One of the hallmarks of S-D logic is the superordination of operant resources in relation to operand resources in their relative roles in competitive strategy. That is, as discussed, it is knowledge and skills, including in some cases a ﬁrm’s knowledge used in designing and/or making appliances, which drives its success (Vargo and Lusch 2004; Lusch and Vargo 2006). This, of course, implies that the competitive advantage of the ﬁrm is more of a direct function of the comparative advantage of competences (c.f. Hunt 2002) than it is the direct comparative advantage of its units of output—that is, its goods. The other hallmark of S-D logic is the idea that value cannot be embedded in operand resources but rather must be co-created through collaboration between ﬁrm, customer, and other value-network partner’s operant resources (Vargo and Lusch 2004).
Besides operand and operant resources being differentiated in terms of their ability to cause changes in other resources, they differ in another important regard. Operand resources are typically depletable and static in nature, while operant recourses are capable of being rejuvenated, replenished, and newly created, and are thus dynamic in nature. That is, new, innovative knowledge and skills, often with increased capability for providing increased beneﬁts, and thus increased marketability, can be created endlessly. None of this suggests that a speciﬁc set of competences cannot become obsolete, or at least “commoditized.” Indeed, today’s high technology often becomes tomorrow’s “unskilled” labor.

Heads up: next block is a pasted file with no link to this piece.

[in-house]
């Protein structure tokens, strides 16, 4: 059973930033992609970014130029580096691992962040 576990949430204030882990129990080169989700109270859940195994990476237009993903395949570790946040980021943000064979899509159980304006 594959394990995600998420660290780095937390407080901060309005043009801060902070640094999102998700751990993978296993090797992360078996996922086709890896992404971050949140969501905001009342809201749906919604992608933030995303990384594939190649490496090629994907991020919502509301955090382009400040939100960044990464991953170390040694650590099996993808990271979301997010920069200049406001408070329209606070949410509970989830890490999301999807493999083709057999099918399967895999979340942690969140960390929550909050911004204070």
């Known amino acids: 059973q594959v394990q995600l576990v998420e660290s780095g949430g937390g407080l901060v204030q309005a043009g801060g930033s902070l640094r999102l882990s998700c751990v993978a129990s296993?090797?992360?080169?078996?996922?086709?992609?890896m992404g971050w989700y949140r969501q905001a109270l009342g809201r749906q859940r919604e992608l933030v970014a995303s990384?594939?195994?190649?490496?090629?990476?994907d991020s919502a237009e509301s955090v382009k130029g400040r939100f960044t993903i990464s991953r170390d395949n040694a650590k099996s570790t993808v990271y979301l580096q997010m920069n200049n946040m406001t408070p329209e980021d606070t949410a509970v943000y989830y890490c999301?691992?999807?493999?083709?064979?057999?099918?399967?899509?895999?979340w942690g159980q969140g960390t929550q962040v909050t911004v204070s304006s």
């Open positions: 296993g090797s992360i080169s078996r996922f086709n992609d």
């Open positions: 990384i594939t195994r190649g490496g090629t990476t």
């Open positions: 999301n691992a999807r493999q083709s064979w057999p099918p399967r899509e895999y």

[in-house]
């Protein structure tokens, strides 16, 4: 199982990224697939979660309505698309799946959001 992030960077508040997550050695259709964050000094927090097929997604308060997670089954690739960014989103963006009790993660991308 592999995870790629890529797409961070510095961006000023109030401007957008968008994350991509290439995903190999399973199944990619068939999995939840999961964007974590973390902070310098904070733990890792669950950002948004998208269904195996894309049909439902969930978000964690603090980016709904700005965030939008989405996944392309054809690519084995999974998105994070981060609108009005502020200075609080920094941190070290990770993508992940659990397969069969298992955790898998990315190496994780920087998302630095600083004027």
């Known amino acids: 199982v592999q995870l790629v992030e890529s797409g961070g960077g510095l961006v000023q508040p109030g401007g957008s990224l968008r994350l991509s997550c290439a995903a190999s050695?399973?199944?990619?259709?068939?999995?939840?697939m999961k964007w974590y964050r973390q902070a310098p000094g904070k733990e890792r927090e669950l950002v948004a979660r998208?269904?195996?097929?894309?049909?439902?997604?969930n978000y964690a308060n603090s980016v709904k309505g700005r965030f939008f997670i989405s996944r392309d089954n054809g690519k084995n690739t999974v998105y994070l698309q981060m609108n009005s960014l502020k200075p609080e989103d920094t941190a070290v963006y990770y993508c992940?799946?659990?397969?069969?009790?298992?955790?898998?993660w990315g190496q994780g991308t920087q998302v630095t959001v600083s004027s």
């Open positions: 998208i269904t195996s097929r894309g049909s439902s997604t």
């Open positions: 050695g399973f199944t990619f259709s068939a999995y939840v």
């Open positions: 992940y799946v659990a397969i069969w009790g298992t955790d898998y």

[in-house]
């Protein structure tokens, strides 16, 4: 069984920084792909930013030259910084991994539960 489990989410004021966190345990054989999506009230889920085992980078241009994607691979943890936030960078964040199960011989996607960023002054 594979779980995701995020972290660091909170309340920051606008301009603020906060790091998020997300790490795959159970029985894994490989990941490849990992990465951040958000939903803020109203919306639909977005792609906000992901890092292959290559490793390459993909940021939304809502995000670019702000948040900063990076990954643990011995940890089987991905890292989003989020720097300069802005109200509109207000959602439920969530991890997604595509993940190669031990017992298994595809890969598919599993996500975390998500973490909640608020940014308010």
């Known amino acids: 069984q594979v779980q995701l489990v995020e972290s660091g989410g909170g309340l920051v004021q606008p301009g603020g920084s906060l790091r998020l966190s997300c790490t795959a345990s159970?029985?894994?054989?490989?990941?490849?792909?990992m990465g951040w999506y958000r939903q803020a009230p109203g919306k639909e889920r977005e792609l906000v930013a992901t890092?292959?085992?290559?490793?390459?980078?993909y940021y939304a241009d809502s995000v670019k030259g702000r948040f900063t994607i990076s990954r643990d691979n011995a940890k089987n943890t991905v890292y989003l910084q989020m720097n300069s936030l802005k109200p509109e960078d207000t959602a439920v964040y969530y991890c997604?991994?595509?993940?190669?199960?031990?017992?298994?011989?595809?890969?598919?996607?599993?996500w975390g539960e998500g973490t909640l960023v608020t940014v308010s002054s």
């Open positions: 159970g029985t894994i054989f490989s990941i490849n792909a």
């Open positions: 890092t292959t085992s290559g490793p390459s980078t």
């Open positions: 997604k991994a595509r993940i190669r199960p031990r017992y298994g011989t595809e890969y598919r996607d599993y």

Organizations can reinvent themselves as “service” organizations and develop a service culture by treating employees as the type of resources they are—pure operant resources, rather than operand resources. Reinventing the ﬁrm as a service organization using S-D logic requires the organization’s culture and its leadership style to treat employees as operant resources. The leadership of many G-D logic organizations is based largely on the manipulation of rewards and punishments and is, accordingly, a coercive form of leadership. It is also based on asymmetric information with the leader and organization holding much information private and out of the reach of employees and, in turn, employees reacting similarly and withholding vital information from management. Employees are viewed as replaceable operand resources and treated largely in a transactional mode. It is not surprising that these ﬁrms ﬁnd themselves unable to compete and, as such, laying-off or ridding themselves of their most important resources.
By contrast, S-D logic points to all participants in the value-creation process who are being viewed as operant resources. When employees are viewed and treated in this manner they become empowered in their role as value cocreators. Employees as operant resources become the primal source of innovation, organizational knowledge, and value. The role of the leader is to be a servant-leader who is there to serve the employees, rather than the employees serving the manager. Hence, employee–manager interaction comprises conversation and dialog and the development of norms of relational behavior such as trust, open communication, and solidarity. In addition, because of open communication, all information is shared and thus is symmetric. In this work environment, employees can develop new and innovative ways of providing service—that is, new competences that allow the ﬁrm to compete more effectively. Further, employees of these ﬁrms are (should be) assisted in this process of competence augmentation through internally and externally supported training and educational programs.